Brow Beat

Adam Sandler Would Like You to Manage Your Expectations Before Seeing Italy

Adam Sandler stands in front of a photo of the Coliseum, above a chyron reading, "Can't Fix Issues."
Travel can only do so much! NBC

This week’s episode of Saturday Night Live was primarily a nostalgia trip fueled by the incongruous sight of Adam Sandler back in Studio 8H. But one sketch would have killed even without being placed in the context of the Adam Sandler Televisual/Cinematic Universe or the even more popular Aging Gen Xers Who Are Looking Mortality in the Eye, Perhaps for the First Time Universe. Meet Joe Romano, a travel agent who is extremely worried you might be expecting more from your trip to Italy than he can deliver:

There’s a bit of a fake-out here: Initially, the premise seems to be something along the lines of Dan Aykroyd’s “E. Buzz Miller’s Art Classics,” as Sandler explains his family’s generational commitment to showing the wonders of Italy to “people from all over the world, but mostly Long Island and Jersey.” But the sketch takes an unexpected and delightful turn about a minute in, when Sandler turns toward the camera and begins lecturing the audience about not pinning their hopes for a better life on tourism:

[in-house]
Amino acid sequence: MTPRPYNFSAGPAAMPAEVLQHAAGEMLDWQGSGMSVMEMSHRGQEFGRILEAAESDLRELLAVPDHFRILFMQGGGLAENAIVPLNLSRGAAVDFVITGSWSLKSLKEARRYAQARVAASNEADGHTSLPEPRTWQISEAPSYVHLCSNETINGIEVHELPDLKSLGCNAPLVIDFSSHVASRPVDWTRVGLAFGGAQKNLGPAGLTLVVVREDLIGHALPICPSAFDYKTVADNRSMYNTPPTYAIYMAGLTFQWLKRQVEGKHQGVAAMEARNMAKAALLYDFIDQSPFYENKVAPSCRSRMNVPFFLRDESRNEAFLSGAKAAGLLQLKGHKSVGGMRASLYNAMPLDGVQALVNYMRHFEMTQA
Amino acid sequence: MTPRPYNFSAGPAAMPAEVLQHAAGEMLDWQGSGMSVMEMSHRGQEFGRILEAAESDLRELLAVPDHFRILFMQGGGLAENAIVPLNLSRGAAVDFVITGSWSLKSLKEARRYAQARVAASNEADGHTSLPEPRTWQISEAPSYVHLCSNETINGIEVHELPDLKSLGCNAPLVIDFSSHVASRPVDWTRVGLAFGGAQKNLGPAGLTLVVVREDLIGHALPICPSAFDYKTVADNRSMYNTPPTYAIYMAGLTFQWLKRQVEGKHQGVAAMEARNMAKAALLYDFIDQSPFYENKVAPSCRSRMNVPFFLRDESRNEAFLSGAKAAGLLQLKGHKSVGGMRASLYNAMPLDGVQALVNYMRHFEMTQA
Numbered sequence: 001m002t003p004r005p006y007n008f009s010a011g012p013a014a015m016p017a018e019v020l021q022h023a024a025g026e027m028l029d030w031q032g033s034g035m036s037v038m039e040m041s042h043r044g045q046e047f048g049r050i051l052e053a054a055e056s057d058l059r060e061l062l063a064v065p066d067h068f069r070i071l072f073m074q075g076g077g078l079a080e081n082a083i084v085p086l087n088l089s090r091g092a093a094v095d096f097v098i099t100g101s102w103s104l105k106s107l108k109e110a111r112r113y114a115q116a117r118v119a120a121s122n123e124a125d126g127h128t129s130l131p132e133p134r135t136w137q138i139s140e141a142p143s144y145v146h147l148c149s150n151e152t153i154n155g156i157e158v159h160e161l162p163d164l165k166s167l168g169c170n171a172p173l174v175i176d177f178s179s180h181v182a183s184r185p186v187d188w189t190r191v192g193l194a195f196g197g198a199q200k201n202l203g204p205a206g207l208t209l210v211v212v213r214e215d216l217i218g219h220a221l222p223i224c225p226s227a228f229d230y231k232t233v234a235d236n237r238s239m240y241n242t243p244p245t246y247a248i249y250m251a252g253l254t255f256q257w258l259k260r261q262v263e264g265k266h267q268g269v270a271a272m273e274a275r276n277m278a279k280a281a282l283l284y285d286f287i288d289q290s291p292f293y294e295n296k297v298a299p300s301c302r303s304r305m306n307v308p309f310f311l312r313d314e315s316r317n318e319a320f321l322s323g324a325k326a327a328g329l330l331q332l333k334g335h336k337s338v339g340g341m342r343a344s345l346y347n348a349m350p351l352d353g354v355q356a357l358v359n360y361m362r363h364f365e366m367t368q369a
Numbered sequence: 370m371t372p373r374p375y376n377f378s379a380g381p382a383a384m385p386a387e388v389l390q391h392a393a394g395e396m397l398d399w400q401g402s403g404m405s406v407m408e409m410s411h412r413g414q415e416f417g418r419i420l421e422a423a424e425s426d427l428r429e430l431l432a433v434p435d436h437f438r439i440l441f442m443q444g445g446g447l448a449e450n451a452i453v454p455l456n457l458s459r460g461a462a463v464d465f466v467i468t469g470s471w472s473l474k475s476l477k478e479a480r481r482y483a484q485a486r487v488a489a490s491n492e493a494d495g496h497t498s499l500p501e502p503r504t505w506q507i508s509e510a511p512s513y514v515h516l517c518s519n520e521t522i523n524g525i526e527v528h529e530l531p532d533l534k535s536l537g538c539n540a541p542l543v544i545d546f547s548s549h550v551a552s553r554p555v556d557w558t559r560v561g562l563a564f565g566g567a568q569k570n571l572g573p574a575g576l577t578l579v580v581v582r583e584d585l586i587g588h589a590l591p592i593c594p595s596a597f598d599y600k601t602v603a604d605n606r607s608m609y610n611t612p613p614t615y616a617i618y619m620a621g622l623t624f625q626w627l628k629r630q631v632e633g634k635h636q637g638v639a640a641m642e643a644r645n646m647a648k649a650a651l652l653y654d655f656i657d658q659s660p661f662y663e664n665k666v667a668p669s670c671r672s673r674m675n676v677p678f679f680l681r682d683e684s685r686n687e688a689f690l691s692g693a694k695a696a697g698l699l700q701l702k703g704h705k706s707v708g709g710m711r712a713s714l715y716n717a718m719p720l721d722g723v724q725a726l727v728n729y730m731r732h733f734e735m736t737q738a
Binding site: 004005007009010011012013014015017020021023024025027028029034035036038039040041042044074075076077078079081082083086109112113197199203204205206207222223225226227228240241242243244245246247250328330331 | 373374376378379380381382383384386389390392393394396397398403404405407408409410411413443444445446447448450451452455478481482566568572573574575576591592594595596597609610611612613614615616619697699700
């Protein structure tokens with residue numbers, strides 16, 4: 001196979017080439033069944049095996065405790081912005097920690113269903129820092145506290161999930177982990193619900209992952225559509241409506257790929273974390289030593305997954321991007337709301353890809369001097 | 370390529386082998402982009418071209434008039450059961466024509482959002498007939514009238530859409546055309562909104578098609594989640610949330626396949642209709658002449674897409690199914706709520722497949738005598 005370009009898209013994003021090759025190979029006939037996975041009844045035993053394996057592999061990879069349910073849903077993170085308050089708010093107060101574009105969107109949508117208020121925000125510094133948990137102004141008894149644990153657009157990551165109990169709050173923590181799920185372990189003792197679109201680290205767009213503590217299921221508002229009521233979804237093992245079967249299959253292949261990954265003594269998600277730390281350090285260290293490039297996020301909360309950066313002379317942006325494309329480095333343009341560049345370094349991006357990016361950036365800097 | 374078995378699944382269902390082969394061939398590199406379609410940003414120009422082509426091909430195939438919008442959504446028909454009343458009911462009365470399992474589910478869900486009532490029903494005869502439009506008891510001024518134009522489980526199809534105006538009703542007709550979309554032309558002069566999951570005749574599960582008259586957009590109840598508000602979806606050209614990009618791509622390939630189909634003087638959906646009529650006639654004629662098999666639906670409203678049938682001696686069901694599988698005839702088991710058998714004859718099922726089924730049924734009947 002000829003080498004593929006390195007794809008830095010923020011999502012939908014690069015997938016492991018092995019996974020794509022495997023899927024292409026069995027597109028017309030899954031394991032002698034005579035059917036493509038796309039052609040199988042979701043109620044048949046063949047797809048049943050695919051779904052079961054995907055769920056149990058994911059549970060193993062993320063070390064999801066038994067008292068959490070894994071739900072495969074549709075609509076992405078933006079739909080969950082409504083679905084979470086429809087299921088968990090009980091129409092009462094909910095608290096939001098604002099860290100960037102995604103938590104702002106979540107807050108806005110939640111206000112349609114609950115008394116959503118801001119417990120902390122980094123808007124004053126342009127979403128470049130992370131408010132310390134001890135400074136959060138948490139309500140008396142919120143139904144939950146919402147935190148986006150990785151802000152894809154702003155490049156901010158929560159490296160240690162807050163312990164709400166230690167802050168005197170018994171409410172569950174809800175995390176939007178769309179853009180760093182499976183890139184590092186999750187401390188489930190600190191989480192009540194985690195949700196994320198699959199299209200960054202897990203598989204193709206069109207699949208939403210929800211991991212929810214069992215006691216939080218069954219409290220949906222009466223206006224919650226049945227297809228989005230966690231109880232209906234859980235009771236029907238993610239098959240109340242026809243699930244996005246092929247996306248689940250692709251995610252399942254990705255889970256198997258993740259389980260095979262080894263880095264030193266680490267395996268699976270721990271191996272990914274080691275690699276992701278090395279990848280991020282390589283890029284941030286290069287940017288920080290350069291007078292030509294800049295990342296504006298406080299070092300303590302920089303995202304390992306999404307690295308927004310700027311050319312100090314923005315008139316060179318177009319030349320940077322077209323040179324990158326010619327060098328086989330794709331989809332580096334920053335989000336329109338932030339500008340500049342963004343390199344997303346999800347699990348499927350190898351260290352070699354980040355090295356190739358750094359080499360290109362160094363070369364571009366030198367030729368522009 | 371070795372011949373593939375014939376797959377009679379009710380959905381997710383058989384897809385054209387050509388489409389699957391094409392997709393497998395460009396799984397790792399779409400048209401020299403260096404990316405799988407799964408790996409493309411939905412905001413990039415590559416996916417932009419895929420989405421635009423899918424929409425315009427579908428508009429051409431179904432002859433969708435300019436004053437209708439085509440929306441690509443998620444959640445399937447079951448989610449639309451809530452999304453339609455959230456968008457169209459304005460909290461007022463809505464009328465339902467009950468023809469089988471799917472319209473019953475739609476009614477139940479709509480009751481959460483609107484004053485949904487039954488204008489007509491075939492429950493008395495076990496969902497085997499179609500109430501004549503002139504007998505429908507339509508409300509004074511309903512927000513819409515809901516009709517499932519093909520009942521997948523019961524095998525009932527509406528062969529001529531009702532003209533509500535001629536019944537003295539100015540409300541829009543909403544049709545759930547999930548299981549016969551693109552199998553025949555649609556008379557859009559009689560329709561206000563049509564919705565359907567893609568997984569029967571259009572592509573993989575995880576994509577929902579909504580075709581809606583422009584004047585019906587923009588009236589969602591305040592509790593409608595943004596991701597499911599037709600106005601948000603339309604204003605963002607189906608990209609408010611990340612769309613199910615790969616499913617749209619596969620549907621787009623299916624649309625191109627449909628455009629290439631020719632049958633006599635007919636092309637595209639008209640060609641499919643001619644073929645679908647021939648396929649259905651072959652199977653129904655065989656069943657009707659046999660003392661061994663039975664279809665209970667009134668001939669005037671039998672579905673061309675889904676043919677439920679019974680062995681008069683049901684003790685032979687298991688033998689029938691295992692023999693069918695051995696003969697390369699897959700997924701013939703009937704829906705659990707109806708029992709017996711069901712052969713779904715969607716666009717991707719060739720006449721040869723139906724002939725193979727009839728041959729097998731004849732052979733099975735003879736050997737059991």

People love us. But every so often a customer leaves a review that they were disappointed or didn’t have as much fun as they thought. So here at Romano Tours, we always remind our customers, “If you’re sad now, you might still feel sad there, OK? You understand? That makes sense?”

There’s nothing funnier than a sketch in which a familiar television form is distorted and ruined by one character’s monomaniacal weirdness, but the last great example was Louis C.K.’s “Sectionals” ad, a sketch that has since been distorted and ruined, along with the rest of C.K.’s body of work, by one character’s monomaniacal weirdness. So it’s good to see the form is still alive and well. But what’s interesting about this variation is that Joe Romano may be weird, but he is also essentially correct. Where’s the lie here?

A day is a long time to feel happy, for all of it. Most of us get 45 minutes if we’re lucky. 

The reason it is incongruous and funny for Sandler to admit this in a travel ad is that denying that basic fact about the human experience is the foundation of modern advertising. By the way, “Romano Tours” is four minutes and 11 seconds long. If you liked it, you’re just 40 minutes and 49 seconds away from one of the happiest days of your entire life.